Approximately one week later, on December 13, 2014, the defendant hit the victim's head with his open hand. Later that night, the victim, the defendant, the victim's mother, and Uncle Otis were at the house in Revere; the defendant and the victim used cocaine and heroin. Sometime after midnight, the victim and the defendant went to a bar, where he told her that she was "on [her] own." The victim understood this to mean that they were no longer in a relationship, and left the bar.

The victim then went to Pearl Street to prostitute herself. She saw two clients. Thereafter, she encountered the defendant on the part of Pearl Street where he ordinarily had waited for her when she met with clients. The defendant yelled at her and demanded to know why it had taken her so long to return. She responded, "why are you over here, you said I was on my own."

The defendant punched the victim in the face, threw her to the ground, and kicked her, while continuing to yell. He grabbed her and told her that they were going home. He insisted that the victim was lying to him about the clients she had met with that night and the amount of money she had received. He continued to punch her, throw her against walls, choke her, and beat her, as he dragged her toward a taxicab stand. The victim continued to protest that she thought their relationship had ended. The defendant responded, "you're going with me and that's it."

As the victim and the defendant were entering a taxicab, two police officers arrived in response to a 911 call that a neighbor had placed; the neighbor had been awakened when he heard a woman screaming and reported that two women were fighting. [Note 3] As the officers approached, the defendant held a switchblade to the victim's side and told her that if she said anything to the police officers about the incident, he would kill her. The officers interviewed the victim and the defendant separately, but the victim was afraid and did not tell them what had happened. The victim said that she had been fighting with another woman and that she did not want to press charges. The officer interviewing the victim noticed that she had a bruise under her eye that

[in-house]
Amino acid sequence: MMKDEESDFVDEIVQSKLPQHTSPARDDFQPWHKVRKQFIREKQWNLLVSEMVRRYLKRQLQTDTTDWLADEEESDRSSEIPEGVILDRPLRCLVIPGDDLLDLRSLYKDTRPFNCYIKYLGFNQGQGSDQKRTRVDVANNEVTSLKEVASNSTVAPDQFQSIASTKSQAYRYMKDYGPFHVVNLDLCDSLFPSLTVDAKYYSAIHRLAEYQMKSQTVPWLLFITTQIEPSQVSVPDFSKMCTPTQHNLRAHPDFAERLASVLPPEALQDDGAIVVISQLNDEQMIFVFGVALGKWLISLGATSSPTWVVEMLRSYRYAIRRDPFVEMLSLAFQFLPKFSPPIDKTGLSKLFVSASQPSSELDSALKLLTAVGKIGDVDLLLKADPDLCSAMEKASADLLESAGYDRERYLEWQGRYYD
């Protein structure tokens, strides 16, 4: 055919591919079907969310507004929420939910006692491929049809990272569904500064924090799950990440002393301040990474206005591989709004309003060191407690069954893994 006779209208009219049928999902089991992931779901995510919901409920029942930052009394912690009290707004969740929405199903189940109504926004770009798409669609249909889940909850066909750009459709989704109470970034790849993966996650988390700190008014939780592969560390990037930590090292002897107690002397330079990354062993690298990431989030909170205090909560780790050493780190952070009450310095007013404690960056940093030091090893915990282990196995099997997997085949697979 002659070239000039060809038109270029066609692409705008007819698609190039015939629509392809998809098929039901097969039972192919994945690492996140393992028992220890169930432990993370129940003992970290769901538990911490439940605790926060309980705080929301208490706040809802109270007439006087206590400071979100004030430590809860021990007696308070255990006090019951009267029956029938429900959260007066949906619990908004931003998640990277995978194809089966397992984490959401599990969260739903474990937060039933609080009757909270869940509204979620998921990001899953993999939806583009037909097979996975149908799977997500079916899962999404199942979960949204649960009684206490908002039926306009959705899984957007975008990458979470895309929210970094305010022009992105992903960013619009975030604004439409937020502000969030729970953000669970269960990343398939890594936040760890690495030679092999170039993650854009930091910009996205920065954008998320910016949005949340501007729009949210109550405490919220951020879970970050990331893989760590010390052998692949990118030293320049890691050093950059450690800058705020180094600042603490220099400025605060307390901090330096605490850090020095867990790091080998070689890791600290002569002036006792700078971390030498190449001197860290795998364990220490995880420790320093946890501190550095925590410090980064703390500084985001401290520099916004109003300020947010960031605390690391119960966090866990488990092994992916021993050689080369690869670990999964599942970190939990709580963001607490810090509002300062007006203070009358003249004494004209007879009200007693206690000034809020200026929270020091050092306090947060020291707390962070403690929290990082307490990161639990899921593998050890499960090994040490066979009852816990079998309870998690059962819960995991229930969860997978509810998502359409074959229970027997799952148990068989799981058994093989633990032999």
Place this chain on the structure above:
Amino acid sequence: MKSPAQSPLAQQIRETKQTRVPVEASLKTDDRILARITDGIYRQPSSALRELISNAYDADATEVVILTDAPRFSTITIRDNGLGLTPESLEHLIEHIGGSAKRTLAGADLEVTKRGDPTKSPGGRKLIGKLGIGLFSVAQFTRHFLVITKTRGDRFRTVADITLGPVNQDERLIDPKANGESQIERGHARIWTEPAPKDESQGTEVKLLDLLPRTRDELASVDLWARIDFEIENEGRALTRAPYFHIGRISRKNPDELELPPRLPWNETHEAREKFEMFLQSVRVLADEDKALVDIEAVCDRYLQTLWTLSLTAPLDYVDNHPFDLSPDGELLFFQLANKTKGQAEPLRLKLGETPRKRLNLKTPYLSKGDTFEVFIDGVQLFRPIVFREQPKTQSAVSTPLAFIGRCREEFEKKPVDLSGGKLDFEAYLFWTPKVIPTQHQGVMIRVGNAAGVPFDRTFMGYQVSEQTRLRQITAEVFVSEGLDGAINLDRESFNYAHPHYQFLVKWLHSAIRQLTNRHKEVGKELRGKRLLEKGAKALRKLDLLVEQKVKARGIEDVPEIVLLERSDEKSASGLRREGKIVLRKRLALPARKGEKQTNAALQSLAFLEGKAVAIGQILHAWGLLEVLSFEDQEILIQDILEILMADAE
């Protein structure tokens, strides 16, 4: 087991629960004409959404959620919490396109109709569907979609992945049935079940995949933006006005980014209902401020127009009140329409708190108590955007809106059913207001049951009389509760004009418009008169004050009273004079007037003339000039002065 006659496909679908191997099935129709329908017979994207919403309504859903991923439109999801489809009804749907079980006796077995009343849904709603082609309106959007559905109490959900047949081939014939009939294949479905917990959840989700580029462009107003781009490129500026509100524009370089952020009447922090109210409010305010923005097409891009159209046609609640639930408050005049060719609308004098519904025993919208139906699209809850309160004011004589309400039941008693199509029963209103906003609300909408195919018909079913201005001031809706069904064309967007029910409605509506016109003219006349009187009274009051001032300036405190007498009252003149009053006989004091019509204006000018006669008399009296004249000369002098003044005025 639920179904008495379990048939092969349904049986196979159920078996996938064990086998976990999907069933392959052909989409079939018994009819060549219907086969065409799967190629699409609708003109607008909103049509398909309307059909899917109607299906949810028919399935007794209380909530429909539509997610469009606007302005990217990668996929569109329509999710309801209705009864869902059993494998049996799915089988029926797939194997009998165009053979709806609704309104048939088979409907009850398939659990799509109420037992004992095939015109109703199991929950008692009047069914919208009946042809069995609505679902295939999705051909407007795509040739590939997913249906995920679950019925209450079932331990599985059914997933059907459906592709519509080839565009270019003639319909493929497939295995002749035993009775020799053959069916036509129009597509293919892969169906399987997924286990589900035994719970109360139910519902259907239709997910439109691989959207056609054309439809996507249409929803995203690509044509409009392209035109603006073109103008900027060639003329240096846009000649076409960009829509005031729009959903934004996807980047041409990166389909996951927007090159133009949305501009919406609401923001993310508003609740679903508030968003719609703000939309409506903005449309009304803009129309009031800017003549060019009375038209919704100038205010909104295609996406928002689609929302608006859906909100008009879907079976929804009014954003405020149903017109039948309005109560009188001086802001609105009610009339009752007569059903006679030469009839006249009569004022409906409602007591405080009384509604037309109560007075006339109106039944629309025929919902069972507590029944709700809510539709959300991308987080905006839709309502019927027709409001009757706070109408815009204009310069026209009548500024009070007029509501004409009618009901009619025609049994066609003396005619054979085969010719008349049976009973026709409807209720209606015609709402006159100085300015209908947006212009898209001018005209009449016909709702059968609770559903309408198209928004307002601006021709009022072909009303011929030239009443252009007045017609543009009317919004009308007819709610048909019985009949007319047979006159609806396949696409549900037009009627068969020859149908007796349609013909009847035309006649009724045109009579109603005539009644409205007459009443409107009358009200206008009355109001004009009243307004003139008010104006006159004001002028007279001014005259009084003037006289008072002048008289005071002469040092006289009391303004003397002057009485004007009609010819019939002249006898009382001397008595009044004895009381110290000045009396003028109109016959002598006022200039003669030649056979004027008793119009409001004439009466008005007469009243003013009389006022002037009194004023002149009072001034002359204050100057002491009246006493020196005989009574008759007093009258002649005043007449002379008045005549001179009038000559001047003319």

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appeared to be "several days old and yellow," but did not observe any fresh injuries. The officers did not see anyone else nearby. They left, and the victim and the defendant took a taxicab back to Uncle Otis's house. The victim's mother was staying at the house that night and inquired about the victim's injuries. Because the defendant was in the room when she did so, the victim lied and said that she had been "jumped" by two women.